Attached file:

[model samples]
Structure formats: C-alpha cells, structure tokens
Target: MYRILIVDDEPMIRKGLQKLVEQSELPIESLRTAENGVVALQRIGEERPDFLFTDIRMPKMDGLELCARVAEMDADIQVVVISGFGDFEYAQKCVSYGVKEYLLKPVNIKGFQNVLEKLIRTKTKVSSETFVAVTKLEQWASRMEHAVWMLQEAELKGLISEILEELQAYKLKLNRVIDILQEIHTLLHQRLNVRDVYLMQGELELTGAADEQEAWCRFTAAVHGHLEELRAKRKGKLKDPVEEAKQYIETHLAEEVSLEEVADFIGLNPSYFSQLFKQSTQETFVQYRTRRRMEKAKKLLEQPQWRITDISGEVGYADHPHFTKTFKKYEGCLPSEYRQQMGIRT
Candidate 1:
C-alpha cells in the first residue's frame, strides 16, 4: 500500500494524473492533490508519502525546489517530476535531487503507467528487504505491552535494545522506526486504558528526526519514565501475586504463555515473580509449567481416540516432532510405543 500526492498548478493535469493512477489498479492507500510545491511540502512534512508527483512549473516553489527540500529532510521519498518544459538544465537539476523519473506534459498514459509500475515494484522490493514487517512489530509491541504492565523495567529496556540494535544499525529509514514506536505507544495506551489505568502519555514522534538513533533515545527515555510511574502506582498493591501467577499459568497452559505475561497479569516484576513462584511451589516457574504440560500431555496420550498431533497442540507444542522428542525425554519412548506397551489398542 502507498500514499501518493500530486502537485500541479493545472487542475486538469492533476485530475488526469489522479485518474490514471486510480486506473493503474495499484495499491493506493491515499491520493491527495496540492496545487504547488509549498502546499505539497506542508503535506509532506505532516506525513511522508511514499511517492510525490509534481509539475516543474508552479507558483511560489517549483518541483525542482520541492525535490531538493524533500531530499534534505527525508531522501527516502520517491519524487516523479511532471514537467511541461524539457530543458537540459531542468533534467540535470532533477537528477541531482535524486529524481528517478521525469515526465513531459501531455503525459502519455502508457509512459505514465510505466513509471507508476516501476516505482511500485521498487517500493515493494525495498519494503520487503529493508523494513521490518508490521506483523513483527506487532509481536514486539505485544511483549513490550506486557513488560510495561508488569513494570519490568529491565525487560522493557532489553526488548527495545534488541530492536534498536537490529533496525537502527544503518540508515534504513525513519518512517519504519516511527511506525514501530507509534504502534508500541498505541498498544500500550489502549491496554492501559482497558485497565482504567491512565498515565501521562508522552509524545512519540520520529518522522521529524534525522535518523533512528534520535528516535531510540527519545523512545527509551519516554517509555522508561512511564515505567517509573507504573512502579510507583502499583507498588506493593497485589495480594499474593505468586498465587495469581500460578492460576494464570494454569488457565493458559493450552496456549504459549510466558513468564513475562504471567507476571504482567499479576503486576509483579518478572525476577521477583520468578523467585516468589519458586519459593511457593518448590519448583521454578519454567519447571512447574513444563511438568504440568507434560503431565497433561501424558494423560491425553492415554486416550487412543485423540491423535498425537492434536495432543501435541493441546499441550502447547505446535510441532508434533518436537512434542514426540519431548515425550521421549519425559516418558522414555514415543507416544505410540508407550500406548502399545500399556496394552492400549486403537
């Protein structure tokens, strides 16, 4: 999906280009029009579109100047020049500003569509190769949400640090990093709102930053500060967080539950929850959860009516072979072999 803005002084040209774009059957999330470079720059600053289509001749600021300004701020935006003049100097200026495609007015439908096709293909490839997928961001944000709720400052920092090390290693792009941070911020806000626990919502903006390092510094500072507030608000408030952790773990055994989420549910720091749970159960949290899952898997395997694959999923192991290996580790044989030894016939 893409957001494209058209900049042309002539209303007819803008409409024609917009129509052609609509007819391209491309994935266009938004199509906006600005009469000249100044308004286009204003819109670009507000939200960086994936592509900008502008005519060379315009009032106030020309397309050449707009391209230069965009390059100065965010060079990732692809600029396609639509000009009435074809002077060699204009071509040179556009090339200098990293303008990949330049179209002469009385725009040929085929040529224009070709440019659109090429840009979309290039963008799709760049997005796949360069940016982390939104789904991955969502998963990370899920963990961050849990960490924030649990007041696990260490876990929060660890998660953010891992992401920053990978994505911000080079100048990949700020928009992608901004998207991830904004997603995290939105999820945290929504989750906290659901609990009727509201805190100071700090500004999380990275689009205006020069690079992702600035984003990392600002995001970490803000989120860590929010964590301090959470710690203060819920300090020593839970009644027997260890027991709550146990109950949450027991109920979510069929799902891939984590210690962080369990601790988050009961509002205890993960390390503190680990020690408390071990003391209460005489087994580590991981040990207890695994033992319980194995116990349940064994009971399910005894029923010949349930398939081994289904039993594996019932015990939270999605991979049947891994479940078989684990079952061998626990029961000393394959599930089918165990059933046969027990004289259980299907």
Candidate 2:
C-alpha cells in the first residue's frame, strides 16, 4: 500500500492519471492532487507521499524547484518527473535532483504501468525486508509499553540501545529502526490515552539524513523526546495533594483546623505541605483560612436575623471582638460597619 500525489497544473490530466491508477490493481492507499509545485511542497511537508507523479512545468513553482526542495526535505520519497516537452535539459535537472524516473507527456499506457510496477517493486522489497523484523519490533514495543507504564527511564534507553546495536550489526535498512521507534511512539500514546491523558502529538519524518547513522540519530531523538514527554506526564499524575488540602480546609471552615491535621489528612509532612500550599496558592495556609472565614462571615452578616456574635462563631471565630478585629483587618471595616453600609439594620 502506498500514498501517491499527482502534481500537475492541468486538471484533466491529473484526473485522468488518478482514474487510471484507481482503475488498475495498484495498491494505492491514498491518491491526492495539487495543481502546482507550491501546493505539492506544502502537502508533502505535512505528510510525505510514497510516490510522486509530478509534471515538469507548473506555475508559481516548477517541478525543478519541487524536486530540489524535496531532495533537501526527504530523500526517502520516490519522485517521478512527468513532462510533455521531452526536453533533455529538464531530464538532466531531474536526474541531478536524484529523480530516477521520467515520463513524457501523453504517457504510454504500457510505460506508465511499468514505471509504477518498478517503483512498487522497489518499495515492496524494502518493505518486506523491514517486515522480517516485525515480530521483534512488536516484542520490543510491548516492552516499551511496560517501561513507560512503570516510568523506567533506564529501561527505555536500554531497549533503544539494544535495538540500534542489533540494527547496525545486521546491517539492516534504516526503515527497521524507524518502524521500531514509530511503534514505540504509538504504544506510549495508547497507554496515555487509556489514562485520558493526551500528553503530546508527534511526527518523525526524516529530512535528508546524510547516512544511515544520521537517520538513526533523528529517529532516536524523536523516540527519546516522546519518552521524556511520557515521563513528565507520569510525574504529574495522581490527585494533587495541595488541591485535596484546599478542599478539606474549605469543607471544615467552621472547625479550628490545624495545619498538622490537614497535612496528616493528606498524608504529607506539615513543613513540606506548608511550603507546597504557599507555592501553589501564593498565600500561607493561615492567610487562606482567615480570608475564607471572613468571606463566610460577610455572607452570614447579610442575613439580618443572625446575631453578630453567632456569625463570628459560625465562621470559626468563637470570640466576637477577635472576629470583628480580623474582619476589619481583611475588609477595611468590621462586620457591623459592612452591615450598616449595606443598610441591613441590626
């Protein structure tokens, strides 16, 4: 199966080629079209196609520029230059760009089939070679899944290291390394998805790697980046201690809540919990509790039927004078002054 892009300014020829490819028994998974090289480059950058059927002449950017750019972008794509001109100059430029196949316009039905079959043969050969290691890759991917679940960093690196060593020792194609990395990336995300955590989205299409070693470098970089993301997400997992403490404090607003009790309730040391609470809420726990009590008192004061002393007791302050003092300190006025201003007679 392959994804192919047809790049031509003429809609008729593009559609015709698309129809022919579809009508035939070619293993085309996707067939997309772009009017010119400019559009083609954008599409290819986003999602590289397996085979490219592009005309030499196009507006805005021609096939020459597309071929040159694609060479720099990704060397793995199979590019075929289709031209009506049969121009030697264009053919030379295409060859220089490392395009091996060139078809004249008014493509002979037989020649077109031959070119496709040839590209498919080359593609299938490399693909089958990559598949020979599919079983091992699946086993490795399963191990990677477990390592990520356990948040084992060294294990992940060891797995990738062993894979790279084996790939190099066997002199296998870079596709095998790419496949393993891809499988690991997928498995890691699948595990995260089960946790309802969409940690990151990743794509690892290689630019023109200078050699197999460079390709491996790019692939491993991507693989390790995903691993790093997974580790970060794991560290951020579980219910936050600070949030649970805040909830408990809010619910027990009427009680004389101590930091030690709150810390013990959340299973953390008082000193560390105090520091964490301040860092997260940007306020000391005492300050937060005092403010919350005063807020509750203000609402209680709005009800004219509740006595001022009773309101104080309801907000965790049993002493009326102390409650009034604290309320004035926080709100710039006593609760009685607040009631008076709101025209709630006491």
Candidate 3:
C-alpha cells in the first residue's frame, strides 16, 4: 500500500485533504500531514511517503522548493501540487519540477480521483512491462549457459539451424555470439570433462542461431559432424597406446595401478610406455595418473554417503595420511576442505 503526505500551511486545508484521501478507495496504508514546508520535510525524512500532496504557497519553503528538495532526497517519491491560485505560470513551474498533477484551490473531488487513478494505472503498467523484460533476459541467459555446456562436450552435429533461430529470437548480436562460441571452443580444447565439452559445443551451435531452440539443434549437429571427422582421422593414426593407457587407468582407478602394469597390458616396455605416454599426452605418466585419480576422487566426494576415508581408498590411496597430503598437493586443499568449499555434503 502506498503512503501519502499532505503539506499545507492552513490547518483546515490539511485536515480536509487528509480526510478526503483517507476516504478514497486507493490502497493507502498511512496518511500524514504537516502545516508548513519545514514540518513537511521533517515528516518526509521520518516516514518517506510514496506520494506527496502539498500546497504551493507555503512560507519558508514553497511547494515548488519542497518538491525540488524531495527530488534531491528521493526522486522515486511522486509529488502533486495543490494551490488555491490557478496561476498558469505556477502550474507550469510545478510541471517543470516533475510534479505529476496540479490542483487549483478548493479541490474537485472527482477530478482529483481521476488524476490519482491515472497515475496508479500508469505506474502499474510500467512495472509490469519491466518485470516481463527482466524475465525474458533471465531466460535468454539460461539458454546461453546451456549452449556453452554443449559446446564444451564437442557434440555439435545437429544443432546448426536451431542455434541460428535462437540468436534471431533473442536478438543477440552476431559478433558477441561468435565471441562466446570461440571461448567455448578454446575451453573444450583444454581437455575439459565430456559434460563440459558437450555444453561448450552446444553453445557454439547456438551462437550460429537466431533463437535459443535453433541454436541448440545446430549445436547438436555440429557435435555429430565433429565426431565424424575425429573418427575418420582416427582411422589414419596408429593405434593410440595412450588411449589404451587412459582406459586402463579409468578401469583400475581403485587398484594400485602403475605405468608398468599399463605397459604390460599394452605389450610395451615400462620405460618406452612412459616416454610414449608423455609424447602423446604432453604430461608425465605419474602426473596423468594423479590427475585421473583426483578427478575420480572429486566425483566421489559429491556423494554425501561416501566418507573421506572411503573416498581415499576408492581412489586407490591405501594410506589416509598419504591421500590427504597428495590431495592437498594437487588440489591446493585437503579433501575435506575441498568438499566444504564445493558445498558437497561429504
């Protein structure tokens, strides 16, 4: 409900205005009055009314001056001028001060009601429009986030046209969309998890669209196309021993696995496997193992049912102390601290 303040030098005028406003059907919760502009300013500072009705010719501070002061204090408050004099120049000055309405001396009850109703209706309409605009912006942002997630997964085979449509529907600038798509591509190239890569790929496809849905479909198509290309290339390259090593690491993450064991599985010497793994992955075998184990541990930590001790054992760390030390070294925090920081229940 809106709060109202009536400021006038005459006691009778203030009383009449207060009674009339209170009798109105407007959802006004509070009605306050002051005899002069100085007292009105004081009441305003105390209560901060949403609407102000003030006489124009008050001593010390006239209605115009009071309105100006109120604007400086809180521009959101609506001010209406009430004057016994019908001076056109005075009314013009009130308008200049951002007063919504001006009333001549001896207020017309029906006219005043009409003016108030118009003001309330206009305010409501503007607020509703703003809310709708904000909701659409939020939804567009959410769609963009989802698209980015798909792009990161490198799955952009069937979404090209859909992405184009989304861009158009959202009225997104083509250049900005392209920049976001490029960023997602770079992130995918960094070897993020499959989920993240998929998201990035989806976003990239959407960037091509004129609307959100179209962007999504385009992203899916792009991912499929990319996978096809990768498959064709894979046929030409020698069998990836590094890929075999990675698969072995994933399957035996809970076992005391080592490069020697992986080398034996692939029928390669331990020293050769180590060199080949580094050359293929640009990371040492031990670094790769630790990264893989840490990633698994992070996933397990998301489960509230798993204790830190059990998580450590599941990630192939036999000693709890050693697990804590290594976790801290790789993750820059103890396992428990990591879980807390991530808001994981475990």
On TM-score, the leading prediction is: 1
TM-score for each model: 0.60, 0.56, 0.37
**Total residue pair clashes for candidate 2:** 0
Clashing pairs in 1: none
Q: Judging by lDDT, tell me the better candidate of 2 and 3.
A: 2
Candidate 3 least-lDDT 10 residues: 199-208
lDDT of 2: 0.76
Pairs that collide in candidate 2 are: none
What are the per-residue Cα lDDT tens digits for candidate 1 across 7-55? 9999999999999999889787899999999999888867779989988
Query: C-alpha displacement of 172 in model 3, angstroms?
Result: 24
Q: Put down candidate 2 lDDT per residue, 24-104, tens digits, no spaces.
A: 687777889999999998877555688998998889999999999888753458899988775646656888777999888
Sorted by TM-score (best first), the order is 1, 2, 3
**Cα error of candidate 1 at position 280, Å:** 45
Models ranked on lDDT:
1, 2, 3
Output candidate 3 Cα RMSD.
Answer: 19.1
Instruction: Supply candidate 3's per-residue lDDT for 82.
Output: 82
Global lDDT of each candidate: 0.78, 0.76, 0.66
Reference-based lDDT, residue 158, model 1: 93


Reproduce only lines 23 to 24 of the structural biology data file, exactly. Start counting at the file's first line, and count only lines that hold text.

Query: C-alpha displacement of 172 in model 3, angstroms?
Result: 24